In 1992, the United Nations proclaimed 3 December of each year as International Day of Disabled Persons with the aim of promoting a better understanding about disability issues and increasing awareness of gains to be derived from the integration of persons with disabilities in every aspect of political, social economic and cultural life.
On 13 December 2006, the General Assembly adopted the Convention on the Rights of Persons with Disabilities, the first major human rights instrument of the 21st century.
Among the major outcomes of the Decade of Disabled Persons was the adoption, by the General Assembly, of the Standard Rules on the Equalization of Opportunities for Persons with Disabilities in 1994. The Standard Rules consists of 22 rules summarizing the message of the World Programme of Action, and serves as an instrument for policy-making and as a basis for technical and economic cooperation. The Rules also provides for a monitoring mechanism: the Special Rapporteur on Disability, who reports on the implementation of the Standard Rules to the Commission for Social Development of the Economic and Social Council. The Special Rapporteur establishes a direct dialogue with Member States and also with local non-governmental organizations and experts, seeking their views and comments on any information intended to be included in the reports.
Once the Convention on the Rights of Persons with Disabilities enters into force, monitoring will be achieved via the Committee on the Rights of Persons with Disabilities and the Conference of States Parties.
For more information:
Convention on the Rights of Persons with Disabilities and Optional Protocol
Monitoring of the Convention
Standard Rules on the Equalization of Opportunities for Persons with Disabilities
Standard Rules: Monitoring Mechanism
The United Nations Standard Rules for the Equalization of Opportunities of Persons with Disabilities provides for the appointment of a Special Rapporteur to monitor the implementation of the Rules. The Special Rapporteur reports yearly to the Commission for Social Development. The reports present findings on the promotion and monitoring of the implementation of the Standard Rules and present recommendations, as requested by the Commission, on their further development. In carrying out his/her functions, the Special Rapporteur establishes a direct dialogue with Member States and with local non-governmental organizations and experts, seeking their views and comments on any information intended to be included in the reports.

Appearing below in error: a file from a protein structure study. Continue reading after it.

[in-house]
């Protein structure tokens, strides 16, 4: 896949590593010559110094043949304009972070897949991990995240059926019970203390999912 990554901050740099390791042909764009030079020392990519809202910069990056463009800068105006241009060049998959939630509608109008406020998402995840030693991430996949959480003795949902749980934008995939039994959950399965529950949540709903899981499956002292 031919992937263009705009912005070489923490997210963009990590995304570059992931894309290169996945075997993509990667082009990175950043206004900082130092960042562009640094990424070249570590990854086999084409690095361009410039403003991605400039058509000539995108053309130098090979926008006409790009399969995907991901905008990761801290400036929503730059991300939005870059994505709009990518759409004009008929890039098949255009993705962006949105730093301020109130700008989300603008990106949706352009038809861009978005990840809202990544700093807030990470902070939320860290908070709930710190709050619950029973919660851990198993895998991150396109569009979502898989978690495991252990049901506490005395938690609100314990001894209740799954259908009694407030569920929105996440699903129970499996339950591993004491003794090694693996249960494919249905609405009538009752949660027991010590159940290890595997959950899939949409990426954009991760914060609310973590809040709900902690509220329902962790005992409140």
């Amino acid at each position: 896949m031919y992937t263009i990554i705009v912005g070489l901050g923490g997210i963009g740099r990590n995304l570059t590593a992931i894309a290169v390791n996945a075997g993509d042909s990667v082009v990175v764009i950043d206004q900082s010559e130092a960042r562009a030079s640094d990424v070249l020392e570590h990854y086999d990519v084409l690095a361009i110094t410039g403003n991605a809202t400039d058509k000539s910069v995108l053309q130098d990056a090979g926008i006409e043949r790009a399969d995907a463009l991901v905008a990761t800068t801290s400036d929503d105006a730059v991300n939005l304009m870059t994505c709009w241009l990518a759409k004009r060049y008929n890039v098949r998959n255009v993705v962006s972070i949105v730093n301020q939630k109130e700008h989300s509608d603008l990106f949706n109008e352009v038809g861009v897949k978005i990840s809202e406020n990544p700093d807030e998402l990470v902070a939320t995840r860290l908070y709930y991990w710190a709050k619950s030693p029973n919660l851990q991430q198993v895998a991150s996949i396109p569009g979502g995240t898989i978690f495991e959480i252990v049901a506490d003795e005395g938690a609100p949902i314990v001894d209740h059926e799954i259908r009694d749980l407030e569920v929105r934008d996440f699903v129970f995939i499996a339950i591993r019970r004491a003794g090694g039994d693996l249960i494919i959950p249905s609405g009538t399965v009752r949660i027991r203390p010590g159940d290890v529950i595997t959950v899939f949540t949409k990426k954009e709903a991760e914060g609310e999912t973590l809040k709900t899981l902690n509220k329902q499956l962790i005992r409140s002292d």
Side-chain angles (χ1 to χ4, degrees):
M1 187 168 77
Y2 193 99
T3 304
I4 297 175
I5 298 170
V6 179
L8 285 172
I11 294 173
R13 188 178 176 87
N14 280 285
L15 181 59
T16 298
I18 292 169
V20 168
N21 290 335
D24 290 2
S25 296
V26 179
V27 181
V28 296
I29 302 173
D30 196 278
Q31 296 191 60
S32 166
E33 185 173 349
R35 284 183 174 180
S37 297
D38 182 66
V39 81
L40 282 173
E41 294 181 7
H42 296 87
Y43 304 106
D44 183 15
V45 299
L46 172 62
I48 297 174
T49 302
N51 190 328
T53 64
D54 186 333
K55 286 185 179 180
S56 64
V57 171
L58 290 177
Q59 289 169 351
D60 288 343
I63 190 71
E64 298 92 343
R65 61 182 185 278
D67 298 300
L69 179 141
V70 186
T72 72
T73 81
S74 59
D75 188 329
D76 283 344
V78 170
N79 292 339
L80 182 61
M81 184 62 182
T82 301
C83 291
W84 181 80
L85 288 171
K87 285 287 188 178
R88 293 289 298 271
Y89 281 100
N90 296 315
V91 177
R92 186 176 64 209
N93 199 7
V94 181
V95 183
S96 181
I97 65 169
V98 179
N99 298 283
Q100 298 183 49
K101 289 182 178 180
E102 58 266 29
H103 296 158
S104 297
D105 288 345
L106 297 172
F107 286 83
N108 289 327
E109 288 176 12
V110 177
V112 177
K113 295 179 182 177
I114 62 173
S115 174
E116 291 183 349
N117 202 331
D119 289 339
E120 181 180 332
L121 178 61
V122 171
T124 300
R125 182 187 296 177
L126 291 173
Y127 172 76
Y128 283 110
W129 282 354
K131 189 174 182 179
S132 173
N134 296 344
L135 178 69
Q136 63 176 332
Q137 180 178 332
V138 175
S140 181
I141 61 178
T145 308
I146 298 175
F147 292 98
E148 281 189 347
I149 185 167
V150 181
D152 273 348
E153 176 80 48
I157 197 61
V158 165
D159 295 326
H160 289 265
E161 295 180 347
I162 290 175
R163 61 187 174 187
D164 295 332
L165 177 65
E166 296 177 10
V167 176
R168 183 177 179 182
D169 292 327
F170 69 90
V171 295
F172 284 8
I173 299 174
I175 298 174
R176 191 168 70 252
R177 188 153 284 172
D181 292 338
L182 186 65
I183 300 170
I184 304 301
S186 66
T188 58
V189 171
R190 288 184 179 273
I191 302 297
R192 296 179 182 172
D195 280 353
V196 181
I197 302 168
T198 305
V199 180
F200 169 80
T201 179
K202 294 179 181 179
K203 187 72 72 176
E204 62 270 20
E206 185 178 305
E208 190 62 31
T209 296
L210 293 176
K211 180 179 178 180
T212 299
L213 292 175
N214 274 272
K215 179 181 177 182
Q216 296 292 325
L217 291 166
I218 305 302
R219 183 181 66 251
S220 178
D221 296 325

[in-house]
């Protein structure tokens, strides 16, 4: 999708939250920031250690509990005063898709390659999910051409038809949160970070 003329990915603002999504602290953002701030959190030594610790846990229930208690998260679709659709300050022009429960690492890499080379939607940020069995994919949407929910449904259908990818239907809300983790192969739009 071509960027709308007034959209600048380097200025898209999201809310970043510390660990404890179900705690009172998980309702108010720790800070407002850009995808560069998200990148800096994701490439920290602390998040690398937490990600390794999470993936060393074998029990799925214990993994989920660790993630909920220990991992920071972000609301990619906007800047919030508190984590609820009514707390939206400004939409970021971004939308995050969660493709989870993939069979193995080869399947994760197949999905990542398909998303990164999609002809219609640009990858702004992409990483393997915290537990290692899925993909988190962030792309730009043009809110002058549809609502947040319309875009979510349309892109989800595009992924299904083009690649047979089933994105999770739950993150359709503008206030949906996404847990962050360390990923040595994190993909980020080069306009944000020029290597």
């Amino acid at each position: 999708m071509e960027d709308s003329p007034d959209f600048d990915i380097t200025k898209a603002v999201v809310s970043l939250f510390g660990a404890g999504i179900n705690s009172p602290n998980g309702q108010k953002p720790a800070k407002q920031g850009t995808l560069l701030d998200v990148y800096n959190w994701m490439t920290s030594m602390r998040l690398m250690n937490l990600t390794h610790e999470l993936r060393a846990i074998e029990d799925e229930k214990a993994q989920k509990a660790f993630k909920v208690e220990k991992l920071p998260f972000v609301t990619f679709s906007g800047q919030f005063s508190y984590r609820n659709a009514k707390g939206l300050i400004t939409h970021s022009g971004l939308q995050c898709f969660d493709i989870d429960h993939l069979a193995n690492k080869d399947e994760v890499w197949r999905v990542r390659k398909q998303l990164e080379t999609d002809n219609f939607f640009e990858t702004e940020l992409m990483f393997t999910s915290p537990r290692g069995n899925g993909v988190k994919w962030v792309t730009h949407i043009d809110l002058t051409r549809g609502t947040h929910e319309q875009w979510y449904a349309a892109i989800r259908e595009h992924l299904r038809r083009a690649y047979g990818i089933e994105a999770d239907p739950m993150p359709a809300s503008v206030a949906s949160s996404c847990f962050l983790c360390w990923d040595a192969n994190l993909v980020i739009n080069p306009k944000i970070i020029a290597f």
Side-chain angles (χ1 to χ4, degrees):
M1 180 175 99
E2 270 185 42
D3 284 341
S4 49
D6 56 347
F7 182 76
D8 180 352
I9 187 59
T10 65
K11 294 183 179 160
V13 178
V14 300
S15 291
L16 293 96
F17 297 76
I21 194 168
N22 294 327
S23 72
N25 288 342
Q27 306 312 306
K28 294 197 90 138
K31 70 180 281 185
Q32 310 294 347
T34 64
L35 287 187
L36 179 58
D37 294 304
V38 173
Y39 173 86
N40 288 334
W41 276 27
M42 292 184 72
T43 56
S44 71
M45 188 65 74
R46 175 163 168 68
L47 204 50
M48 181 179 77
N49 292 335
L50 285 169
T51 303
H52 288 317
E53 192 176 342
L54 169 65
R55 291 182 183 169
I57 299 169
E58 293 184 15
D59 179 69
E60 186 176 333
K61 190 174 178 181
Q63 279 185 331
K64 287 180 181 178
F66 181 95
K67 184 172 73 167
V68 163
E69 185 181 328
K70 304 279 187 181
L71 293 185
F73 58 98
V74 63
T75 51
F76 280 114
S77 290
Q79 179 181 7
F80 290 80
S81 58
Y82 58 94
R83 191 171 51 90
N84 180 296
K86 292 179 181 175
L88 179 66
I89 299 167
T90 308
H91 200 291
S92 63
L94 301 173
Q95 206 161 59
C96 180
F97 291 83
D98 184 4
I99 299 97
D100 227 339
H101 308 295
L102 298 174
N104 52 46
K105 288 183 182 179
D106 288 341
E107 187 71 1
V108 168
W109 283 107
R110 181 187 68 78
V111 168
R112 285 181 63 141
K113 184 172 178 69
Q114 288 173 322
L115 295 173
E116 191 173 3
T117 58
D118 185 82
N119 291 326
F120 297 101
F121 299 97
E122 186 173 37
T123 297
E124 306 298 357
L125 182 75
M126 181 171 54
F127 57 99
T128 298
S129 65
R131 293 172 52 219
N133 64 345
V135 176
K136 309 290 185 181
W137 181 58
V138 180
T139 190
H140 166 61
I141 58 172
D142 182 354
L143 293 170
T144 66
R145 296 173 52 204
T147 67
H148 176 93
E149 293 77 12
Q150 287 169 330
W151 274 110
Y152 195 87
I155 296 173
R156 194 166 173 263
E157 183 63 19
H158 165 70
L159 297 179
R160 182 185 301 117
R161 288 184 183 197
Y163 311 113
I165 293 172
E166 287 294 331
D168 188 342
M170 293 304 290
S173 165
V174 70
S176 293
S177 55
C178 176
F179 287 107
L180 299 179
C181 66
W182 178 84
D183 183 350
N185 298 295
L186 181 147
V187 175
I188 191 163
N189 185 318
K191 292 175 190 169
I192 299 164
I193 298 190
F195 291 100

For more information:
Activities of the Special Rapporteur
The United Nations provides support to organizations for persons with disabilities in their activities through the UN Voluntary Fund on Disability. Funding priority is targeted to building the capacity of non-governmental organizations to take part in the making of the Convention and its future implementation. The Fund also provide small grants to support catalytic and innovative action, which will promote greater awareness of disability issues and exchanges of knowledge and experience and promote wide dissemination of appropriate disability technologies.
Official UN documents which include the reports of the Secretary-General, the Ad Hoc Committee, the Economic and Social Council, the Commission for Social Development, World Health Assembly and General Assembly resolutions and decisions, can be found on this website at the following link: Disability and the United Nations